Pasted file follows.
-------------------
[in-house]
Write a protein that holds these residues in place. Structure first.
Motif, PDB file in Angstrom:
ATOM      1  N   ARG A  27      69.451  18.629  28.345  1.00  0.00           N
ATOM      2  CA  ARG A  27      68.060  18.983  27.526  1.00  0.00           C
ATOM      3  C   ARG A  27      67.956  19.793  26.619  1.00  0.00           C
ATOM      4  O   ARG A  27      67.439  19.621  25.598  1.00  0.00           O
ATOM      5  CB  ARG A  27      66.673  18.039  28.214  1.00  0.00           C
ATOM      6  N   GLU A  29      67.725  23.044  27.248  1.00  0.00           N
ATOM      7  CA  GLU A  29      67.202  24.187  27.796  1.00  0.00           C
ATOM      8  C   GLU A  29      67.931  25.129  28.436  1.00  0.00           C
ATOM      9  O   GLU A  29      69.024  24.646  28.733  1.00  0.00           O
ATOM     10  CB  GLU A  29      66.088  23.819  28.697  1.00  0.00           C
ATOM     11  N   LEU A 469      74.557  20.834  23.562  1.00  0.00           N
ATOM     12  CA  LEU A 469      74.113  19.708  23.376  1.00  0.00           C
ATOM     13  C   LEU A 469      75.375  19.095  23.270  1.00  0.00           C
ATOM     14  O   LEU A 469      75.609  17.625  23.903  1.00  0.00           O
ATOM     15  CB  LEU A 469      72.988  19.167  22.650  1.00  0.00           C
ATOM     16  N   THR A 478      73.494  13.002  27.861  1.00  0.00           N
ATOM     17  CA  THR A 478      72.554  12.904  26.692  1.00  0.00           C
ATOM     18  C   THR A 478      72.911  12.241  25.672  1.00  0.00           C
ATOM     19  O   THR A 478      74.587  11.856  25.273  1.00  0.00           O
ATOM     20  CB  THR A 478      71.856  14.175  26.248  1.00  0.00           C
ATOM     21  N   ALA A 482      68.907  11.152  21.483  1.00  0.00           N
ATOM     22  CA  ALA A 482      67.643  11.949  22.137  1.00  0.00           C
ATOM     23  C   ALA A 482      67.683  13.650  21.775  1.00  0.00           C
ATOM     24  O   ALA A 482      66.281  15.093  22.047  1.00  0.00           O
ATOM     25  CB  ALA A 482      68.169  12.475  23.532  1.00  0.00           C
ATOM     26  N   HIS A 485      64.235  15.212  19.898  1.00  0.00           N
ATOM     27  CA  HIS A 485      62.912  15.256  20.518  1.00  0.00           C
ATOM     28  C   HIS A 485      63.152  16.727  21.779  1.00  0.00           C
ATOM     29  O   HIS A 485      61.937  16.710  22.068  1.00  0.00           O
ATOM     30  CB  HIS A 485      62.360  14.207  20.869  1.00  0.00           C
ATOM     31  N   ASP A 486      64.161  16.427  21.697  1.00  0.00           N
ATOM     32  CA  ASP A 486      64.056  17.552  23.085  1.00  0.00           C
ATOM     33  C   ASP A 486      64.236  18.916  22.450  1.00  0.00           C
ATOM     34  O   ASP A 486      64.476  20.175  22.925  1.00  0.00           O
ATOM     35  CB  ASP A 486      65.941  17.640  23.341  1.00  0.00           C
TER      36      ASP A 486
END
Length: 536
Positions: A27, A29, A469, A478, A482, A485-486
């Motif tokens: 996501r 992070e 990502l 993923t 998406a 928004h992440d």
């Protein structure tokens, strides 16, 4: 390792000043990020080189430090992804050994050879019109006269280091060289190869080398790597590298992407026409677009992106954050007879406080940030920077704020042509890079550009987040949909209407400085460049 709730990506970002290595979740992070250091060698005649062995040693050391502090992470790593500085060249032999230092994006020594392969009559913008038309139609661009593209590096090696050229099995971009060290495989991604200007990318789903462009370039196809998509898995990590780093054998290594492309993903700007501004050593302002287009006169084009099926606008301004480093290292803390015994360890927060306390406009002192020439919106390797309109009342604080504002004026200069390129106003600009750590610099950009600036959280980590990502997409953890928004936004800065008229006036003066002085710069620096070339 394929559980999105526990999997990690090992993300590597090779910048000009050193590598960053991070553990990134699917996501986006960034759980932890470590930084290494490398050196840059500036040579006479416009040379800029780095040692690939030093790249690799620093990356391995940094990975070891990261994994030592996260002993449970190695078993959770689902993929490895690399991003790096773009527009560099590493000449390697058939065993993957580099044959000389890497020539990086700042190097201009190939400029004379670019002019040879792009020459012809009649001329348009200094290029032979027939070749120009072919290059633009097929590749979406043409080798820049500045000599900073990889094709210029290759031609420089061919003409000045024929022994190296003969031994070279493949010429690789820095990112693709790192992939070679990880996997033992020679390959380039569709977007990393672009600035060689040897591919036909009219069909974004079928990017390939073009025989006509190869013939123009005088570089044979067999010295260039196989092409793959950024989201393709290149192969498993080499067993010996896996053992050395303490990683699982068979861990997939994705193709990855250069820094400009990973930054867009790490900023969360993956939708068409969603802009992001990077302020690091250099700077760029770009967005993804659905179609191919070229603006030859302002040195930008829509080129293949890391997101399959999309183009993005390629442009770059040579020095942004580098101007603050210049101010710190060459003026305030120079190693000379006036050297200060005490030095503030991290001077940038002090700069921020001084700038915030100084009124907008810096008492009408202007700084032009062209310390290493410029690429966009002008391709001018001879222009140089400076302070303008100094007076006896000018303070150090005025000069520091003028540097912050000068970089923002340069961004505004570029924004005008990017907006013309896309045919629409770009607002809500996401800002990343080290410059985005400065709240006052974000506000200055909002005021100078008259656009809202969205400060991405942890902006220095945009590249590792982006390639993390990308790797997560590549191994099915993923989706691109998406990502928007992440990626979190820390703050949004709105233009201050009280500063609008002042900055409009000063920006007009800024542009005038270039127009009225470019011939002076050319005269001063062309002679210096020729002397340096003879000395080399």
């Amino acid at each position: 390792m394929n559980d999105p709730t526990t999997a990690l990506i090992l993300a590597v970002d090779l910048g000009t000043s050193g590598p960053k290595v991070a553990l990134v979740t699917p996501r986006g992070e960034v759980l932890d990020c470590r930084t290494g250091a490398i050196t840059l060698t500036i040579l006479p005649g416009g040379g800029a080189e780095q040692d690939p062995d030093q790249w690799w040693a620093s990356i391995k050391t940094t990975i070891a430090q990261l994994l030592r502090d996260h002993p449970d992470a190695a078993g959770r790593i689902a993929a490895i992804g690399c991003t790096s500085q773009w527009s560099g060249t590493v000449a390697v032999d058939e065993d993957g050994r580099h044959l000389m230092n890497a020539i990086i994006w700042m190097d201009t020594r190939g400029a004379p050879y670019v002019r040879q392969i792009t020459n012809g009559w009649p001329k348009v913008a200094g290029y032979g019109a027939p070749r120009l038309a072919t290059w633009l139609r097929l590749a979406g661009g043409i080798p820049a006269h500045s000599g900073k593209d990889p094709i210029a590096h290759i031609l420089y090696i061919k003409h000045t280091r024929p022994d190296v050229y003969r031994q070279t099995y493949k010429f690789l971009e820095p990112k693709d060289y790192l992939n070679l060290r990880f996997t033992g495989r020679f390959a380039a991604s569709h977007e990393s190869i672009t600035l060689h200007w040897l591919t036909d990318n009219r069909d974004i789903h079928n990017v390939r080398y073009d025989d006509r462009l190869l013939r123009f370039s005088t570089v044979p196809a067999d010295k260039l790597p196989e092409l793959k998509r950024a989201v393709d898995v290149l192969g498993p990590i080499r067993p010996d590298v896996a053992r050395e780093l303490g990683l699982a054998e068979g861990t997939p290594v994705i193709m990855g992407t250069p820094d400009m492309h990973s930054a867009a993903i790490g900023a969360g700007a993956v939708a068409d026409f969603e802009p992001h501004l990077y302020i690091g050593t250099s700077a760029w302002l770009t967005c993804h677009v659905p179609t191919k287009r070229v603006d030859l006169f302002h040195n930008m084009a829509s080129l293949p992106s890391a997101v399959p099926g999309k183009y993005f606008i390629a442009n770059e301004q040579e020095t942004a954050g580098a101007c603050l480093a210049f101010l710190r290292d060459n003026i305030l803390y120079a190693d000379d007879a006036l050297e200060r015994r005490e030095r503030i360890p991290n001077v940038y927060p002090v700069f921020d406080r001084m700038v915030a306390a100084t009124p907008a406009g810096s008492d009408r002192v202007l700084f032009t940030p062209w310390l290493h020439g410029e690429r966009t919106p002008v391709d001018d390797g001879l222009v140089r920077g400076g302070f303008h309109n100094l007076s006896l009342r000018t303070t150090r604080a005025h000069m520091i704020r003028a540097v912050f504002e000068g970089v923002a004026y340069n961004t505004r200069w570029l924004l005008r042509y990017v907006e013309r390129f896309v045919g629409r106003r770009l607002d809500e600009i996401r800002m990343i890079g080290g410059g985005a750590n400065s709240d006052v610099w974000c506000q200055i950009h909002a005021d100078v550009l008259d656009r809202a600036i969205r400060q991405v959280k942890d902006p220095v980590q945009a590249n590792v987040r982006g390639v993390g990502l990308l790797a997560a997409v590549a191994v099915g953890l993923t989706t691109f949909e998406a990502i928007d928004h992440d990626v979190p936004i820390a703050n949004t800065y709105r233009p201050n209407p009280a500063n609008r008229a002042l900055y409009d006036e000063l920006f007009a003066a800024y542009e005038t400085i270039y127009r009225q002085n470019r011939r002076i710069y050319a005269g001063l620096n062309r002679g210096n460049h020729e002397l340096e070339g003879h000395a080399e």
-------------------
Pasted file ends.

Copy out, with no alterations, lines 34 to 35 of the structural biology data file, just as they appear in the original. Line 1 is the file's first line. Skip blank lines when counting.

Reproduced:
ATOM     31  N   ASP A 486      64.161  16.427  21.697  1.00  0.00           N
ATOM     32  CA  ASP A 486      64.056  17.552  23.085  1.00  0.00           C